Brief unfulfilling civil service employment followed secondary school. Determined to continue his education, Azikiwe traveled the well-worn path to the United States. In 1925, at age 21, he enrolled at Storer College at infamous Harpers Ferry, West Virginia, where he quickly acquired the nickname "Zik", by which he was to be known for the rest of his life. He spent one year at Storer, also enrolling in an intensive correspondence course in American Law and Procedures through LaSalle Law School of Chicago. He excelled in both.

America of the 1920's, while offering Zik obvious opportunities, was oftentimes disillusioning, and indeed hostile, to the young Nigerian. Poverty stricken, depressed and homesick for Africa, and deeply affected by racial taunts, he went from job to job under the name of "Ben Zik", trying to earn enough to continue with his education. In 1926, he matriculated to Howard University in Washington, D.C. where a hoped for job fell through causing even greater financial strain. Finally, in early 1927, an offer of a steady on-campus job at Lincoln University enabled him to complete his undergraduate degree in Political Science. On to Columbia University and a part-time teaching assistantship, allowing him to obtain a certificate in journalism while editing the COLUMBIA UNIVERSITY SUMMER SESSIONS TIMES (1930), his first foray into the publishing world. In 1930, Zik november98_3.jpg (44431 bytes)was back at Lincoln University where he was awarded an M.A. in Political Science with honors and wrote and published his first book, LIBERIA IN WORLD POLITICS, self, 1931. Finally, in 1932, he traveled on to the University of Pennsylvania on a scholarship where he earned an M. Sc. With honors in Anthropology, coming to the attention of the great Professor Bronislaw Malinowski of London University.

After graduation in the late spring of 1934, Zik journeyed back to Africa, passing up Malinowski's offer of Doctoral pursuits at London University in favor of beginning his efforts on behalf of Africa. While in transit in the Gold Coast, Zik met the already well known trade unionist and newspaperman, I. T. Wallace-Johnson of Sierra Leone. Wallace-Johnson offered Zik his first professional employment as editor of the AFRICAN MORNING POST, an Accra newspaper which he accepted and worked diligently at for three years, narrowly escaping prison after being arrested for publishing a "treasonous" article, a charge that was fortunately overturned on appeal.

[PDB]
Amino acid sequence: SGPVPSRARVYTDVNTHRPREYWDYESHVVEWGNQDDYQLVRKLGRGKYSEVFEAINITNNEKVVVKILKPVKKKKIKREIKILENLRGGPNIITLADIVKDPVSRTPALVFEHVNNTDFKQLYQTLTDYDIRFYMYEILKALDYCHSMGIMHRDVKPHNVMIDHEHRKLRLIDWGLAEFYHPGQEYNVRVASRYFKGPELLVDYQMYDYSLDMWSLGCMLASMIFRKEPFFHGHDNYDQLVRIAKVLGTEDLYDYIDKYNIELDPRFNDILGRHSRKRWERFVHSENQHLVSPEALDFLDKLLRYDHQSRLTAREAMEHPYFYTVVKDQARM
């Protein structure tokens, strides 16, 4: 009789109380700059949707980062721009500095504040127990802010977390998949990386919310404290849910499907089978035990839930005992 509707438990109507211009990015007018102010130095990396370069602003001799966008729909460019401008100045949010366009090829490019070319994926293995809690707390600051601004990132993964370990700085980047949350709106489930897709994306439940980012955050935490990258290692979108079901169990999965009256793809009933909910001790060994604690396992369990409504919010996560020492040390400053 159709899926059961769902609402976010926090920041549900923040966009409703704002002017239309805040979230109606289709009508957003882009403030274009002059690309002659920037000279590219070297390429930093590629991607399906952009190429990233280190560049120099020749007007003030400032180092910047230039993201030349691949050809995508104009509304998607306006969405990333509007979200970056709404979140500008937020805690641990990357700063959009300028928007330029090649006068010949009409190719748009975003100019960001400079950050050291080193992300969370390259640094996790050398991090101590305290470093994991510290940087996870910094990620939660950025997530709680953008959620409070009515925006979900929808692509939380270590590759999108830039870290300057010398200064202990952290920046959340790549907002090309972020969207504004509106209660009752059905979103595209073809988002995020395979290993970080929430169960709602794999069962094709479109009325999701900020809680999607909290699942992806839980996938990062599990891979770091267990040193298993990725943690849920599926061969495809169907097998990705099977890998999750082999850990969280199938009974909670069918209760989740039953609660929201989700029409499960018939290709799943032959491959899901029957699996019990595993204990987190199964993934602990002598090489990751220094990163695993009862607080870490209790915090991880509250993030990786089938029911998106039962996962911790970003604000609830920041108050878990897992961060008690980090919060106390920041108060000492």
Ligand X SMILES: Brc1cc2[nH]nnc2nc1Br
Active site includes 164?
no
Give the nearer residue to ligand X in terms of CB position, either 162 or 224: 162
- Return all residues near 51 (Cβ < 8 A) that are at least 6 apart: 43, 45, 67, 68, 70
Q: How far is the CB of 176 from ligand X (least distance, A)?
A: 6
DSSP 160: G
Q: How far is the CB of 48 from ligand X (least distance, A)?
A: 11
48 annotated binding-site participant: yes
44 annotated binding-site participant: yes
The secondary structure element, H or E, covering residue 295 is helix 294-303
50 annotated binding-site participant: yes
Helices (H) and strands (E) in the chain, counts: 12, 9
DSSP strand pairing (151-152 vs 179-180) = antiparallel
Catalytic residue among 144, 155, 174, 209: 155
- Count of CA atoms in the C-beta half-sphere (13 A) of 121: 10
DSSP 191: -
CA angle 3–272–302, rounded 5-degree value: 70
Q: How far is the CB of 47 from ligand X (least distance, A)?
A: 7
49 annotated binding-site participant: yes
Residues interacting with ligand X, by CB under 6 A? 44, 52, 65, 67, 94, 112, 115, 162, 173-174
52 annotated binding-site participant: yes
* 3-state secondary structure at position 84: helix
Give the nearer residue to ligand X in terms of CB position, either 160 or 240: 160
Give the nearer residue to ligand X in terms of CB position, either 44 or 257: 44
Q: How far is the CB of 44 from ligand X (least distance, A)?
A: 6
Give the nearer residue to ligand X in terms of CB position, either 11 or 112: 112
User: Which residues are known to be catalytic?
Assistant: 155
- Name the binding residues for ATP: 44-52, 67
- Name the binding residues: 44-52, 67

In February, 1937, Zik finally returned to Nigeria filled with a passion to somehow be of great influence in the future of his homeland. He was very well educated. He had read broadly, absorbing the spectrum of politic philosophies, embracing everything from the days of ancient Greece to the current state of world political dogma. He had succeeded as a journalist, tasting Britain's wrath when their colonial system was challenged. He was keen to pursue business and commercial interests. Physically, he was an imposing figure in any crowd. Zik was more than six feet tall, broad shouldered and of very pleasant countenance. He possessed a courtly, almost "old world" charm. When he spoke, it was in a clear, mellifluous voice that at once pronounced the speaker's humility and authority. His voice and delivery were described as "seductive, eloquent, persuasive and spell-binding".

Zik, though still considered young at 33, living in a land where wisdom is equated with age, was clearly a very gifted man, destined to figure prominently in colonial Nigeria's future. He knew it. His fellow Nigerians knew it and, watching uneasily, the British colonists and authorities also knew it. Just what his role and impact was is the subject for December's Great Epic's Newsletter "Zik of Africa, The Business and Political Years".